Selecting a Breed
- Can you tell me about the breed?
- How long have you been breeding?
- What requirements do you have for potential owners of your puppies, and how do you match puppies with their new owners?
- Can I meet the dam or sire to get a sense of the temperament?
- Have health tests been performed on the parents?
- How do you socialize your puppies?
- Are the puppies up-to-date on vaccinations/shots?
- When can I take the puppy home?
- Do you provide a health guarantee and a contract?
- How can we contact you after picking up the puppy?
The disadvantage is that training a puppy requires a great deal of time and patience. Busy families should keep in mind that puppies cannot be left alone for more than a few hours at a time. They need plenty of trips outside, frequent meals, and lots of interaction with people, not to mention love.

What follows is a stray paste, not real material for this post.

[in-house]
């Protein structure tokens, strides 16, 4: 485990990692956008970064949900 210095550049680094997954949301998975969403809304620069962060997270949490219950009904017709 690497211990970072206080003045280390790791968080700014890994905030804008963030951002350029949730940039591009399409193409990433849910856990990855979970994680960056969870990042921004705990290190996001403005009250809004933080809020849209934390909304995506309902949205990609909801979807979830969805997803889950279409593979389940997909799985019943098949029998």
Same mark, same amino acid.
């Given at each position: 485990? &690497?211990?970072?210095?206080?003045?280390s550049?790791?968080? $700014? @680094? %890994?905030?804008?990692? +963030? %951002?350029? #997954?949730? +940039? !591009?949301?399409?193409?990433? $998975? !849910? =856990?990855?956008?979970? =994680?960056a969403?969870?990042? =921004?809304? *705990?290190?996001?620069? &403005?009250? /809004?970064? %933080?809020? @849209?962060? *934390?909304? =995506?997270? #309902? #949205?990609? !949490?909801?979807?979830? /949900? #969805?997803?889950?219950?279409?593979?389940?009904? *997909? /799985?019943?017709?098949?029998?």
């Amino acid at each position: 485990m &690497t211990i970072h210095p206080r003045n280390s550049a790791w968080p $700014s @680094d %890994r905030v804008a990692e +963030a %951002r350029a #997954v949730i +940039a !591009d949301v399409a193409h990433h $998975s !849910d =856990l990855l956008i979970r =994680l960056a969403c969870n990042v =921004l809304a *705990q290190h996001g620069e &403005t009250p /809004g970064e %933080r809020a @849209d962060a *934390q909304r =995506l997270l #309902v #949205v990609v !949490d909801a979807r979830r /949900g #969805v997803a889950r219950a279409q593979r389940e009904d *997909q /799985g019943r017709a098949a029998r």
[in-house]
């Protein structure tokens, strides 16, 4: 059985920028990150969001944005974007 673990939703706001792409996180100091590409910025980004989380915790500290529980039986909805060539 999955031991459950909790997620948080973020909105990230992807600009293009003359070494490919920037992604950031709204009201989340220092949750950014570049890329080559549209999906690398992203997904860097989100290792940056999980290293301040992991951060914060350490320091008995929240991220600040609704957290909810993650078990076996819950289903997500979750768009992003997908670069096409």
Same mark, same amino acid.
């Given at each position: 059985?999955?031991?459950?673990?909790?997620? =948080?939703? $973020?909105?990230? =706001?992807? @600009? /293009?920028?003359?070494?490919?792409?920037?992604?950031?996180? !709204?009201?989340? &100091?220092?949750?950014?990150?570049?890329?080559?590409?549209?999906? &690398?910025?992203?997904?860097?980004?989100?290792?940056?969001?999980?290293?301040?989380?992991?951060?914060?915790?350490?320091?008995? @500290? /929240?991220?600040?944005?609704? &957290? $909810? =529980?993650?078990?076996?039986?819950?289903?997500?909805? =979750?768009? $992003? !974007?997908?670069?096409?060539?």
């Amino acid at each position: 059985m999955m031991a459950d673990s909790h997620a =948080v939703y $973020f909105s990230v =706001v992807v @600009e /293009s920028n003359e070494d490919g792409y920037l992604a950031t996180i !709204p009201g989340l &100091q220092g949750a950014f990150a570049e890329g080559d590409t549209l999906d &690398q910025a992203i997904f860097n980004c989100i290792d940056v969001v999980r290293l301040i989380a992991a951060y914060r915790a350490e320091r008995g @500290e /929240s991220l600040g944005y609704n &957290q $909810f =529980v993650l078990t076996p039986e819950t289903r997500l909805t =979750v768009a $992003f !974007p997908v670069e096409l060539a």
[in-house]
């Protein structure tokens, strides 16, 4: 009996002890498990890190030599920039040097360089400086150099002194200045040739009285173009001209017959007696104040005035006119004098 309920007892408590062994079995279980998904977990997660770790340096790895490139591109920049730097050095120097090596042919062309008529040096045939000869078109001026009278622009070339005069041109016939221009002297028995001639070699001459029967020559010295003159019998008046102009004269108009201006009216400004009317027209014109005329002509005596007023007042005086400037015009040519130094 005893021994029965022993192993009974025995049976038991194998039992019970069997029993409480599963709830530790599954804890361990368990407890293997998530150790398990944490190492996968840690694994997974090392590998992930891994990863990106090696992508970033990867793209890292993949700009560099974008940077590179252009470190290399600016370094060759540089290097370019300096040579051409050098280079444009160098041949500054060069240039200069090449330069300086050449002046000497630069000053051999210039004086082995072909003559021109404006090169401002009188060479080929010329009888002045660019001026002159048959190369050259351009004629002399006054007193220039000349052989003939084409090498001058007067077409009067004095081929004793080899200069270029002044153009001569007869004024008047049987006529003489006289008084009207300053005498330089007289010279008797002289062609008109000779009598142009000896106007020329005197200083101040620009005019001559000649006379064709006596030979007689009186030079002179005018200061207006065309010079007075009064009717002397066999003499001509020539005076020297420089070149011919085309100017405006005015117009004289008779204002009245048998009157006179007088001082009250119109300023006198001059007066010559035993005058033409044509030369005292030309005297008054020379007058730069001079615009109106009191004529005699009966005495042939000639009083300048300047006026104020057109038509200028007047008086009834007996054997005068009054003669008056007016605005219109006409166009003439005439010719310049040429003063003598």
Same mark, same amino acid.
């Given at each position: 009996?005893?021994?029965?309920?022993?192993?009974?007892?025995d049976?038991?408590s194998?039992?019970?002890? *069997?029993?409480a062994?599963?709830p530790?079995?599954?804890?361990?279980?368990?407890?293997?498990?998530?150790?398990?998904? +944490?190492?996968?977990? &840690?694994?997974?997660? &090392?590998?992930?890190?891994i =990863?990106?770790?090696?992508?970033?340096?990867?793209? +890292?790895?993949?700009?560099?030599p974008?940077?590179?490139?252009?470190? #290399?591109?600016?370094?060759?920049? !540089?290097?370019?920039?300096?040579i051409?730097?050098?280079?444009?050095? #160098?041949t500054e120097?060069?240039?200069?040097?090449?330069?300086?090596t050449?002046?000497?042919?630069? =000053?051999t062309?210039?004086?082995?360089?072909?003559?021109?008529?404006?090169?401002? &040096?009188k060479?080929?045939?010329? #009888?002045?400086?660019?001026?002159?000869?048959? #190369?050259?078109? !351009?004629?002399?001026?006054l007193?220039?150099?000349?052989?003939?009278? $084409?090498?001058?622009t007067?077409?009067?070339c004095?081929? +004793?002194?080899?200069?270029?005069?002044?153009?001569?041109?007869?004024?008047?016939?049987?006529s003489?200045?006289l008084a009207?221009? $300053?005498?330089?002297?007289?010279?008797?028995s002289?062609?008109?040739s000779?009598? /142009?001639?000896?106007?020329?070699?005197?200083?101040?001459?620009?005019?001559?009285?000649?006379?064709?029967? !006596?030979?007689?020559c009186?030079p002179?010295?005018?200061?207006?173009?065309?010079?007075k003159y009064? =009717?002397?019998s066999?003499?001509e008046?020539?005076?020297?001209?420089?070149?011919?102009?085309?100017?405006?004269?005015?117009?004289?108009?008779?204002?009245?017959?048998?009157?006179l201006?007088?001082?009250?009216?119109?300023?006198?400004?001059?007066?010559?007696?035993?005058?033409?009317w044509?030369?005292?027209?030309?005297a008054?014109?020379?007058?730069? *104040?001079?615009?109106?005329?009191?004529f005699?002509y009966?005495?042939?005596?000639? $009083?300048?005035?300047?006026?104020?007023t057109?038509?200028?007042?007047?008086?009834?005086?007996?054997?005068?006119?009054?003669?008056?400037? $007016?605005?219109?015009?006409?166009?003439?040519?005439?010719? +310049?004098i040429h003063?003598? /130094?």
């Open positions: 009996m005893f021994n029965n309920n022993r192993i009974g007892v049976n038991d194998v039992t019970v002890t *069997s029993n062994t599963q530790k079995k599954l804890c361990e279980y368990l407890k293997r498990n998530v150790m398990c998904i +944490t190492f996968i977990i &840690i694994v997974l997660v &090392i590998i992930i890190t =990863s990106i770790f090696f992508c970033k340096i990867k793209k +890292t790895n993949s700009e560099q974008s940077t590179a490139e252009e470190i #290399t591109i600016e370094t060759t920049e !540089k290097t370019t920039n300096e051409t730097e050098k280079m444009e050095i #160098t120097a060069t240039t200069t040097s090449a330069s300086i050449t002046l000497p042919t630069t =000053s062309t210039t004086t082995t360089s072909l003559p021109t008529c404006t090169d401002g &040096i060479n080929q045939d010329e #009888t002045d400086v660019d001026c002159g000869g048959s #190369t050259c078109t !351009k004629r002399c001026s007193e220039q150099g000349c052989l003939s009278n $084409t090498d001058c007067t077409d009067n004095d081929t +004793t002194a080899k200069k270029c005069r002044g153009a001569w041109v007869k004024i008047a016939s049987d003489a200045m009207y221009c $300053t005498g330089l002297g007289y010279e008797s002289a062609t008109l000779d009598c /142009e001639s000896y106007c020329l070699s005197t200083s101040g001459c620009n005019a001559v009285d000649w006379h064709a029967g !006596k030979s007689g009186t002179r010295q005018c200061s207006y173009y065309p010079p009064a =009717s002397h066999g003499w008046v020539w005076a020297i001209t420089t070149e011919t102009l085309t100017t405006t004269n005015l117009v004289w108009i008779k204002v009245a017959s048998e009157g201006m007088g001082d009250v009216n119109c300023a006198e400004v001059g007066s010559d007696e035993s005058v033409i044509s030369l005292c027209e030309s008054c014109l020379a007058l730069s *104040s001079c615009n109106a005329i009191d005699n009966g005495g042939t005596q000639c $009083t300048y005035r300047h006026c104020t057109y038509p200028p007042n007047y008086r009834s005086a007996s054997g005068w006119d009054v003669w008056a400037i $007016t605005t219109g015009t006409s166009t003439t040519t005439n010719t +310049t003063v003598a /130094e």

Research whether the breed you are interested in does well with children. Some breeds want the spotlight and are needier and will not be happy if attention is given to a child or something other than them. Like children, puppies require a lot of attention, love, and energy. It can be exhausting! Think about a puppy as another child when making this decision.
Yes. Is there enough room in your apartment for your Labrador Retriever? What about your backyard, if you even have one. Is there a good amount of space for your Soft Coated Wheaten Terrier to run and burn off all of her energy? These are all things to take into consideration when deciding on a breed.
Deciding what dog breed to get is as important as deciding whether to get a dog in the first place. Every breed has different traits and care needs. Breed research is necessary because you may find that while you think a puppy is absolutely adorable, that breed’s personality may not align with your lifestyle.